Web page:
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Tartana ligure by Javier Baron - FINISHED - scale 1:200


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I have started the construction of a new model to add to my collection, which will be number 67.

It is a tartana from Liguria in a scale of 1: 200. I use as a main source of documentation the monograph of the tartana Gemma, by Franco Fissore, published in Ancre, although I will also use other sources, such as the book "Vele italiane de la costa occidentale" by Sergio Bellabarba and Eduardo Guerrieri, and old photographs of complementary form.

For the construction of the hull I use Finnish plywood of 0.6 mm. to make the frames.

 

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www. barcosbaron.wordpress.com

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Impressive website. I will b einterested in following along to see how you get such wonderful detail in this scale.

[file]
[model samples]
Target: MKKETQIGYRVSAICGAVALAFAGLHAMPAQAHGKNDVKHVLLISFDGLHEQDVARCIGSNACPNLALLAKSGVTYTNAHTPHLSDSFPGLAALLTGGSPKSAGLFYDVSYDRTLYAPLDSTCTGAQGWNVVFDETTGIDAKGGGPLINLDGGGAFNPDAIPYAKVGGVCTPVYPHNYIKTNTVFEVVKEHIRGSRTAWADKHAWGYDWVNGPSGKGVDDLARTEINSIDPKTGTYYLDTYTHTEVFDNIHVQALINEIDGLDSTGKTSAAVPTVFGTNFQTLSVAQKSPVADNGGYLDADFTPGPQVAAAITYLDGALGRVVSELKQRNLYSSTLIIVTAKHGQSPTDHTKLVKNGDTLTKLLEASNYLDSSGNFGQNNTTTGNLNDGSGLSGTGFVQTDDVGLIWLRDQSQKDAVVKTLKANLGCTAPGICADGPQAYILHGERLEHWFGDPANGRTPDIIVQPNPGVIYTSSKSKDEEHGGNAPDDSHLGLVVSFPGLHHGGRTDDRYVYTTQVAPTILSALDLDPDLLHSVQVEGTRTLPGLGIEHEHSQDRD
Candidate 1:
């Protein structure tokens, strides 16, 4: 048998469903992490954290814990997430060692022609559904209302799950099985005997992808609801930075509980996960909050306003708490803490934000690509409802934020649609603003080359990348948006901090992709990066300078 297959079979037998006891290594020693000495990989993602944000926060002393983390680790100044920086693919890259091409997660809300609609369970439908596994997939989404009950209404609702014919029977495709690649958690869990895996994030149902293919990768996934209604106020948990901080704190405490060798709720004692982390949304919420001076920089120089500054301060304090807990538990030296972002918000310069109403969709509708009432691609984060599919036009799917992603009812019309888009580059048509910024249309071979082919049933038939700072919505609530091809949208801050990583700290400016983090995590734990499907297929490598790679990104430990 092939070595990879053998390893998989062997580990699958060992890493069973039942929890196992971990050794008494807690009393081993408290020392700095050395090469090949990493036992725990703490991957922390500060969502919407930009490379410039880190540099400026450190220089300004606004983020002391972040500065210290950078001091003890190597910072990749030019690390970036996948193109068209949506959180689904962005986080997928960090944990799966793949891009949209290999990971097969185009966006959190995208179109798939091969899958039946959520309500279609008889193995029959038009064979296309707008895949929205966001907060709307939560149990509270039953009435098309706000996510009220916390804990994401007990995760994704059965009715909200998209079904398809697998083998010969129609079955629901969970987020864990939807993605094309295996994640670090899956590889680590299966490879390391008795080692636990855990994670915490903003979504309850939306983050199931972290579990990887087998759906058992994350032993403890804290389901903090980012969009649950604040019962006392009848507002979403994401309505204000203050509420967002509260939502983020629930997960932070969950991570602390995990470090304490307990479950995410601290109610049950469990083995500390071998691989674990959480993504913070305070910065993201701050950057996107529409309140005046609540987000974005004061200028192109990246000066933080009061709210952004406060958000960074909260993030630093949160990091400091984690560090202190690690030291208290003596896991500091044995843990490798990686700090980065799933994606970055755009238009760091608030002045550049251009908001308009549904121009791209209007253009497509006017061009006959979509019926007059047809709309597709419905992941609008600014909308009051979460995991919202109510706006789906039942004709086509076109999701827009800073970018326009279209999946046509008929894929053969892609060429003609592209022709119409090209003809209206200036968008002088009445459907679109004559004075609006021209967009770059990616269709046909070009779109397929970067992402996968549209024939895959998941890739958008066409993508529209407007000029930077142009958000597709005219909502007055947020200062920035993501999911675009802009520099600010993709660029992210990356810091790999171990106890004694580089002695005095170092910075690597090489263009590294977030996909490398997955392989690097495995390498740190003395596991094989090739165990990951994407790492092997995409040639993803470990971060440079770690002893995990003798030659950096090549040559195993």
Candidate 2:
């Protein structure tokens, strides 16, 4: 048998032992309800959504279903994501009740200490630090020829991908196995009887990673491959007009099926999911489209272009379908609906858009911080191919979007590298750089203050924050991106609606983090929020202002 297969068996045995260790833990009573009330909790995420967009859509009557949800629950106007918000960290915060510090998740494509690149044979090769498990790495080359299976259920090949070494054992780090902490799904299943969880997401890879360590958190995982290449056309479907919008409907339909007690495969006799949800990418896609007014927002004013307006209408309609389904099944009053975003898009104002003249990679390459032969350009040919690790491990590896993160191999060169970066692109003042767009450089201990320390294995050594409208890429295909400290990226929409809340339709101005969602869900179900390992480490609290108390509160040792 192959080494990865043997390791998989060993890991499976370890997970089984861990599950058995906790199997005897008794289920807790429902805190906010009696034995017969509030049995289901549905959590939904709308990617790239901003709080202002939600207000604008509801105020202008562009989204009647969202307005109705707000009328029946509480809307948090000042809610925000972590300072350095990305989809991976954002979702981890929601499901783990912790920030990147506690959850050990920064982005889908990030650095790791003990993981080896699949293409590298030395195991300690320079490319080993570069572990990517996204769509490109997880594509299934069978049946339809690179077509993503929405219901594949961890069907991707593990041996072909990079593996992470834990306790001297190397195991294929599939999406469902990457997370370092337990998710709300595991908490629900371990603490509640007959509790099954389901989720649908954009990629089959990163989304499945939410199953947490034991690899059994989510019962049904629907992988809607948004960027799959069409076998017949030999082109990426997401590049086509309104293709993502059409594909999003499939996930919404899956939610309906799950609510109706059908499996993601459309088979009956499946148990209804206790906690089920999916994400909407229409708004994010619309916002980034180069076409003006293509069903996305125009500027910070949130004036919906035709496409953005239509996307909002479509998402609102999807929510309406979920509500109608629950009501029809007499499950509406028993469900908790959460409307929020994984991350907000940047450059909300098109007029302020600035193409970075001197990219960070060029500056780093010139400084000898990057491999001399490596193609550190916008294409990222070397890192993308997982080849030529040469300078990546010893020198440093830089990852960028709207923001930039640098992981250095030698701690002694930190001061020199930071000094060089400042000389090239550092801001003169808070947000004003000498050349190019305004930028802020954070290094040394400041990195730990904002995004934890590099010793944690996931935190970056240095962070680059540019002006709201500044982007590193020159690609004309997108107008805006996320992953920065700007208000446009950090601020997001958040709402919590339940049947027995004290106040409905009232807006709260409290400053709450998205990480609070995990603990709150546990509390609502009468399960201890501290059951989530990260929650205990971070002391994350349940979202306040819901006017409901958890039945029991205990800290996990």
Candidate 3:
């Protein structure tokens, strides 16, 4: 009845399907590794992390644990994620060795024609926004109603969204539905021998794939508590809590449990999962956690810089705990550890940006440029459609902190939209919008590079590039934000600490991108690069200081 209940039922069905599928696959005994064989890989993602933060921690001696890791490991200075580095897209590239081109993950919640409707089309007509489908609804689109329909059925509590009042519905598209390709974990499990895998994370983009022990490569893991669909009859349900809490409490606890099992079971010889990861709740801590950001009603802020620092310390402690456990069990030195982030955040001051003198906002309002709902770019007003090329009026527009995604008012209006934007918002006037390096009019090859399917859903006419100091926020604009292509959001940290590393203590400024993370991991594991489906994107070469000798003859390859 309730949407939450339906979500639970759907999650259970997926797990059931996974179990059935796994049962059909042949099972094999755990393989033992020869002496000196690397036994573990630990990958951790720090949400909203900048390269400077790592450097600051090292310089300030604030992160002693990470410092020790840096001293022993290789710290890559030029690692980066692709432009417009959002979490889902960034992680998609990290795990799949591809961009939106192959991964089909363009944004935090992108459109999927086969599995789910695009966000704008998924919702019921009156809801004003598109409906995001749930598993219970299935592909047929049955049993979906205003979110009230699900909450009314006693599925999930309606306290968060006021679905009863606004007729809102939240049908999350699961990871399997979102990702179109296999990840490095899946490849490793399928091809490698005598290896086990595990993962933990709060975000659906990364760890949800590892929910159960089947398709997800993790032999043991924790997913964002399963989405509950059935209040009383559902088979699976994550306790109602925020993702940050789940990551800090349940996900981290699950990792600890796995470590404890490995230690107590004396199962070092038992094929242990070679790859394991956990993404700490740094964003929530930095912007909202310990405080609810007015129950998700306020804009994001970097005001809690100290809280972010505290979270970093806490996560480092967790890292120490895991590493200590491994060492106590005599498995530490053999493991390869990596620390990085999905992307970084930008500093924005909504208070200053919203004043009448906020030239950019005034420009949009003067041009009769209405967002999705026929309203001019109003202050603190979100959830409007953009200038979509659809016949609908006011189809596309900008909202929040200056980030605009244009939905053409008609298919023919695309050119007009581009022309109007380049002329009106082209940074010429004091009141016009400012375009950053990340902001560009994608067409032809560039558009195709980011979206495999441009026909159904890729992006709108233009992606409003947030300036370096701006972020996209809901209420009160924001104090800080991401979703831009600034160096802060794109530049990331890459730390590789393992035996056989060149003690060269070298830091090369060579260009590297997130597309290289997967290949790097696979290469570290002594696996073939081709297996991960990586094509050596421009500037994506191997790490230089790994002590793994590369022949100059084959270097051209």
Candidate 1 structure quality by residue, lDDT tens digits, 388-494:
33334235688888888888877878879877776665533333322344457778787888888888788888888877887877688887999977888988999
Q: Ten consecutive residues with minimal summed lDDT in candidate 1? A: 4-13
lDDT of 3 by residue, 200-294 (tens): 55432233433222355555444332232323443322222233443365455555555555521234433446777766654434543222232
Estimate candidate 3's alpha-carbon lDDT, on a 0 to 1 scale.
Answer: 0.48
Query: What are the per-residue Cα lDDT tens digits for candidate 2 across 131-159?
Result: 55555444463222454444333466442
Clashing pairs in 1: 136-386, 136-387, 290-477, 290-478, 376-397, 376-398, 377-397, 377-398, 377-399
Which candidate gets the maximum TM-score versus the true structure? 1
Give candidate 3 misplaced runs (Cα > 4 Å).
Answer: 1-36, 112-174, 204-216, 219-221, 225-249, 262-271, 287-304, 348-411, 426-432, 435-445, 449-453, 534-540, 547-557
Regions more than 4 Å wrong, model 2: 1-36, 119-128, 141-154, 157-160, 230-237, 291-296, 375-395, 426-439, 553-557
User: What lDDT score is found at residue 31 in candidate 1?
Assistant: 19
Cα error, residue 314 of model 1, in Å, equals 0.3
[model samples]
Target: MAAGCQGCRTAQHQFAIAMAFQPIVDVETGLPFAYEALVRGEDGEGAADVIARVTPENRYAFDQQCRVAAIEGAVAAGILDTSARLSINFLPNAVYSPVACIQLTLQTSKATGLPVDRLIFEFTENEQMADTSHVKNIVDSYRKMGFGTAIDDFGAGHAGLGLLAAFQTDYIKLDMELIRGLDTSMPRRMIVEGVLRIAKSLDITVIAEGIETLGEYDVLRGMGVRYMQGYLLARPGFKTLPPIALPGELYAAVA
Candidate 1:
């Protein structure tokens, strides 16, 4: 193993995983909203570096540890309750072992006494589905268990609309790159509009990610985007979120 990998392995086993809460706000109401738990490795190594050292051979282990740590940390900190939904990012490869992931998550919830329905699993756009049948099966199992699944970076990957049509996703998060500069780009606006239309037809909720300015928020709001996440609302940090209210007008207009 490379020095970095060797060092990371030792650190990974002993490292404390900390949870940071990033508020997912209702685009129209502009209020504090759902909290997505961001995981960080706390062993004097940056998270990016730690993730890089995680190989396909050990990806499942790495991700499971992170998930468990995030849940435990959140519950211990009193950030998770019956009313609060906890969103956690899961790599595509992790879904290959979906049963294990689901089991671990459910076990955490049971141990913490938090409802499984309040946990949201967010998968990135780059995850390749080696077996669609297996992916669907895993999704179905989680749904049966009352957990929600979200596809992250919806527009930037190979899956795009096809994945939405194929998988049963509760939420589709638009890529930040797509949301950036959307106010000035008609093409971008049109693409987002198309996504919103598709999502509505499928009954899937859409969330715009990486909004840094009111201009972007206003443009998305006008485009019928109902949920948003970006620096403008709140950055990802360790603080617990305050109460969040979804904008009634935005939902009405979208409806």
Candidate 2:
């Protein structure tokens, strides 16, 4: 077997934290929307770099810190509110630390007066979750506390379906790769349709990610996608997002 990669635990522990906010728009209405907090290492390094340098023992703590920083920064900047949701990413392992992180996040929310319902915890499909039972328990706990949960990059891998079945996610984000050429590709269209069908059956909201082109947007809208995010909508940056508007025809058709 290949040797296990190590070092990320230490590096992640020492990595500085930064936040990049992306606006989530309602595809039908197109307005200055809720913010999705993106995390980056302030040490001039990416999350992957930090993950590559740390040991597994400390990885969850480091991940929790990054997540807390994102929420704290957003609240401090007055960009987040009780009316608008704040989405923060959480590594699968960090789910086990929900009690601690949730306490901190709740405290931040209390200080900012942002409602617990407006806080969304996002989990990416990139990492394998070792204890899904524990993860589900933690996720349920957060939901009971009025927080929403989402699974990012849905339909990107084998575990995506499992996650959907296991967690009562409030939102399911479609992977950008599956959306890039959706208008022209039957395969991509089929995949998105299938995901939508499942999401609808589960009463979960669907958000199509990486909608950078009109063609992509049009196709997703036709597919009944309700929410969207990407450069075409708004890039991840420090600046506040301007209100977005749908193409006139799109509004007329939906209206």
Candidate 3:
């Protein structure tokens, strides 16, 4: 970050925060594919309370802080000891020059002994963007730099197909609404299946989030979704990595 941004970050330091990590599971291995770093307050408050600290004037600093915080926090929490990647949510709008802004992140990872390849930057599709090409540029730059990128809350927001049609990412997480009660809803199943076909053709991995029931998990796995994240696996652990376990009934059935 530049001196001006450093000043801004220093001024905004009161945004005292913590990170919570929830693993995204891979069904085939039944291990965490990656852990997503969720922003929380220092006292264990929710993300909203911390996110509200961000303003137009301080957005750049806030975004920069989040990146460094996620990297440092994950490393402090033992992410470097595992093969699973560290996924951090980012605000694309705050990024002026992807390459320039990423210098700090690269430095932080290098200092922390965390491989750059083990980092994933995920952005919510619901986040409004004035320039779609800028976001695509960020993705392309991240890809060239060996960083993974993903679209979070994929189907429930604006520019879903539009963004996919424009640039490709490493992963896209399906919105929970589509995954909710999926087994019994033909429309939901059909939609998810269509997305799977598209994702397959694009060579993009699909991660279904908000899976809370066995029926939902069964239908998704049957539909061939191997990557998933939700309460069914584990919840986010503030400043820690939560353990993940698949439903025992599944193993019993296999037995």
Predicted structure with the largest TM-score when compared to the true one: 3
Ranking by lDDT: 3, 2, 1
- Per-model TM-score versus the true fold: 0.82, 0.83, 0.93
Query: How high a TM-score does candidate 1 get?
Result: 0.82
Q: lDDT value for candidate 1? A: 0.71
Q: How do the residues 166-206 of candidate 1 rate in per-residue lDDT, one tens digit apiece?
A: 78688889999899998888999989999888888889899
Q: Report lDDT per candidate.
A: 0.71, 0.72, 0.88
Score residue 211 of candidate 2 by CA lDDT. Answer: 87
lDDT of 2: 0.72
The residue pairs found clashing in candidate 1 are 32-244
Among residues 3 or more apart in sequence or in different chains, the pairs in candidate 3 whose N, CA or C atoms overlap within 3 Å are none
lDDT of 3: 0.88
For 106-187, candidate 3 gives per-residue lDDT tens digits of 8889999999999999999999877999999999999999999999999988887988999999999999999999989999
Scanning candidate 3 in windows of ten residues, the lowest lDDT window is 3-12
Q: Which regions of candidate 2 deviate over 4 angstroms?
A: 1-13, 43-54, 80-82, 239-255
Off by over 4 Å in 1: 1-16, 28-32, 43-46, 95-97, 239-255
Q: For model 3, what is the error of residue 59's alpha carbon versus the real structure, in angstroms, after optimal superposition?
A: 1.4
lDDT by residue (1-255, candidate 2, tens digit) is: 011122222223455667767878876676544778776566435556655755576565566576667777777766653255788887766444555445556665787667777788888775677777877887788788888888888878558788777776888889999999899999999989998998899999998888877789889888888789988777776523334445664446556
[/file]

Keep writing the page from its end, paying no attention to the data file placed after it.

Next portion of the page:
Michael

Shipwrights of Central Ohio

 

Current Build: ...

Completed Builds: Queen Anne Barge - SyrenPinnace - MSHalifax 1768 - LSSMurrelet - PygmySwift 1805 - AL 

Future Builds: Surly (because i'm definitely not so Cheerful), Echo cross-section.....

 

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Thanks for your comment. 

 I closed the hull. As the model is going to be painted, I have not taken too much care of the placement of the strakes, which I would have done if the hull were in exposed wood or in clinker-built instead of a carvel-built.

Then I have sanded and polished the hull before proceeding, as next step, to tear out the false frames. To harden the hull before its sanding I have cover it, as if it were a topcoat varnish, with a layer of liquid cyanoacrylate.

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www. barcosbaron.wordpress.com